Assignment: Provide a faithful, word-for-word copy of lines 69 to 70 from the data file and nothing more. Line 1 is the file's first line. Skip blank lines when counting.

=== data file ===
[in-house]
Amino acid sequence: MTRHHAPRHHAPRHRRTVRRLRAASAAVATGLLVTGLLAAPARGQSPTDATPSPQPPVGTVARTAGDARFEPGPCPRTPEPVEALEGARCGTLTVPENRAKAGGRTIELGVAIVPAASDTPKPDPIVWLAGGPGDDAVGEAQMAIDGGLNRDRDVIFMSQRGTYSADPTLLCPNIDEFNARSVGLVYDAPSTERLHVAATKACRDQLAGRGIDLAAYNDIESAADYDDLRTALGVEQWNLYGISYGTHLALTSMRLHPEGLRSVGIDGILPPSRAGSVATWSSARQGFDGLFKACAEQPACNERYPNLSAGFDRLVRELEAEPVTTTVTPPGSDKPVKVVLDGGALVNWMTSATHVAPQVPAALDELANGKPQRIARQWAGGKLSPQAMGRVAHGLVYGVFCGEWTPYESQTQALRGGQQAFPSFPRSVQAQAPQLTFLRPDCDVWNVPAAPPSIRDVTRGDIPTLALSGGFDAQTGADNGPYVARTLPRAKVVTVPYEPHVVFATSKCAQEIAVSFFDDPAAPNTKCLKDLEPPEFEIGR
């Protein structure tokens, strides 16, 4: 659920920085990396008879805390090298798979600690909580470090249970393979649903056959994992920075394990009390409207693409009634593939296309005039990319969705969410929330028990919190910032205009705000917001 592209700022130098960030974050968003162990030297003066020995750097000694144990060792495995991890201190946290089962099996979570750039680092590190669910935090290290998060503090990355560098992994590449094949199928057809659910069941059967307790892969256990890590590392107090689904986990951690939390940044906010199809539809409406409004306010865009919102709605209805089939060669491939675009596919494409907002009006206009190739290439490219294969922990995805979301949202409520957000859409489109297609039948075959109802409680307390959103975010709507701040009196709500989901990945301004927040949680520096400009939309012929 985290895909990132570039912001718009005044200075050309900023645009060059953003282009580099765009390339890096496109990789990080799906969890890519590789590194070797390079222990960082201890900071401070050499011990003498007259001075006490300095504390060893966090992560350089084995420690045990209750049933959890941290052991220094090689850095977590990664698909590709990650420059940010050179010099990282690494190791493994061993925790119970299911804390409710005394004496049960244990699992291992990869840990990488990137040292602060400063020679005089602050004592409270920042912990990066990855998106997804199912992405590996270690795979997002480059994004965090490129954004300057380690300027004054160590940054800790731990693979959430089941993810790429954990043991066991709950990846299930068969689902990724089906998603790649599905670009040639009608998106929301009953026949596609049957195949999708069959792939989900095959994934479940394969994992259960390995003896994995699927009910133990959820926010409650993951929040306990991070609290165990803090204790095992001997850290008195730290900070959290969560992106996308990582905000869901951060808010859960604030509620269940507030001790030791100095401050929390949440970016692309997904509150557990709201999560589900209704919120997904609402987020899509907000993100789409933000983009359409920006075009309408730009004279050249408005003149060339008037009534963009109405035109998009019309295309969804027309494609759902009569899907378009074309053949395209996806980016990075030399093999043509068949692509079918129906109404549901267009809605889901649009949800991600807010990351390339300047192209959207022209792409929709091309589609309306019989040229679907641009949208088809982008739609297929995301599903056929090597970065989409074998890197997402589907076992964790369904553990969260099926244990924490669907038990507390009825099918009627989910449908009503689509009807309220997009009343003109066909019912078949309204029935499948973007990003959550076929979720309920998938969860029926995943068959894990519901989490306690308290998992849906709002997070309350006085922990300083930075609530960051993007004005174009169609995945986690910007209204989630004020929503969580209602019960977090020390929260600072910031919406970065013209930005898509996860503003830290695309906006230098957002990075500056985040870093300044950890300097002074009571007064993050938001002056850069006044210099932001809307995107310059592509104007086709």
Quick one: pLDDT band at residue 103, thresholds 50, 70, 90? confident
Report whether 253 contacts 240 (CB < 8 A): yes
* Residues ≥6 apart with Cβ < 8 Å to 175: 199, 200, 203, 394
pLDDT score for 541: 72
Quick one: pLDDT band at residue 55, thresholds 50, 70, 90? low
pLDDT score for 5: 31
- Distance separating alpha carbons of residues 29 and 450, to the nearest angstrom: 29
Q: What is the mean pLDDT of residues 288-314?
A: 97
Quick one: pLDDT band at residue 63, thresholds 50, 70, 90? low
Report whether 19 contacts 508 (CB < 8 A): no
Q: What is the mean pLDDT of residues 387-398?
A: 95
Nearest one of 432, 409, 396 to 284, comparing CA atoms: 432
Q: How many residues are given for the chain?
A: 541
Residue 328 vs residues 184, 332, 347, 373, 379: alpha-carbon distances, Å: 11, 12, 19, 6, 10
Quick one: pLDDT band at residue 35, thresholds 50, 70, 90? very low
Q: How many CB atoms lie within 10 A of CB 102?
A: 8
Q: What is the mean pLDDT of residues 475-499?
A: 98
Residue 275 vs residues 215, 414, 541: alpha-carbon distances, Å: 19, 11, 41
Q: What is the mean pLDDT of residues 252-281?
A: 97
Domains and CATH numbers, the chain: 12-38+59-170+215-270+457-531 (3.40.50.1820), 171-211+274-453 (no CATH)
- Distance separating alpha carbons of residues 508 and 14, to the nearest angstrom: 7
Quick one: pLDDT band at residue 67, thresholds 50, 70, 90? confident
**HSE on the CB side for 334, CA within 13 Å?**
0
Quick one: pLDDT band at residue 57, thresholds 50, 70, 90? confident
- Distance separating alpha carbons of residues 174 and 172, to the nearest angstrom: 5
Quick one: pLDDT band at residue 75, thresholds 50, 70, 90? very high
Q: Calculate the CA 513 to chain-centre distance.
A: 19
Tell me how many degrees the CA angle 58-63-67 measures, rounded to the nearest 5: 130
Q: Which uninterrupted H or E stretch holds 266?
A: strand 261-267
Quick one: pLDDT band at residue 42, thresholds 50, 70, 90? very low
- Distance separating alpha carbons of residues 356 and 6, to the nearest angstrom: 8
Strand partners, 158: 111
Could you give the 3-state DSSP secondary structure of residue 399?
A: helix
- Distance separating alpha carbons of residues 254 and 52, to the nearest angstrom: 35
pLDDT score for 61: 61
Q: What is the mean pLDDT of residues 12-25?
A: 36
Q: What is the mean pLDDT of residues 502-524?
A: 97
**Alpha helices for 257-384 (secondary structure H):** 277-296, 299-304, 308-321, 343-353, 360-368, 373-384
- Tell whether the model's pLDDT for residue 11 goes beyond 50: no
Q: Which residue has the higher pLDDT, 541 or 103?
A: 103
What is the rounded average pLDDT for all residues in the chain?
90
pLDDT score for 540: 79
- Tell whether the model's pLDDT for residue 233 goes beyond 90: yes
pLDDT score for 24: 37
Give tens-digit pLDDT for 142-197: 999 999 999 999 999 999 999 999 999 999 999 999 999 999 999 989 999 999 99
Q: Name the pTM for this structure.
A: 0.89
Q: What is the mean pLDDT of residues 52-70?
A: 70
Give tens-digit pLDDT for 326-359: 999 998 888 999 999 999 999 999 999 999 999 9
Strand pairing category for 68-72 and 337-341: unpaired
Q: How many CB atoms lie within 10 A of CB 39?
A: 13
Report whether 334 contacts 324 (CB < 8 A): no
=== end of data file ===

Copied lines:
Q: How many CB atoms lie within 10 A of CB 39?
A: 13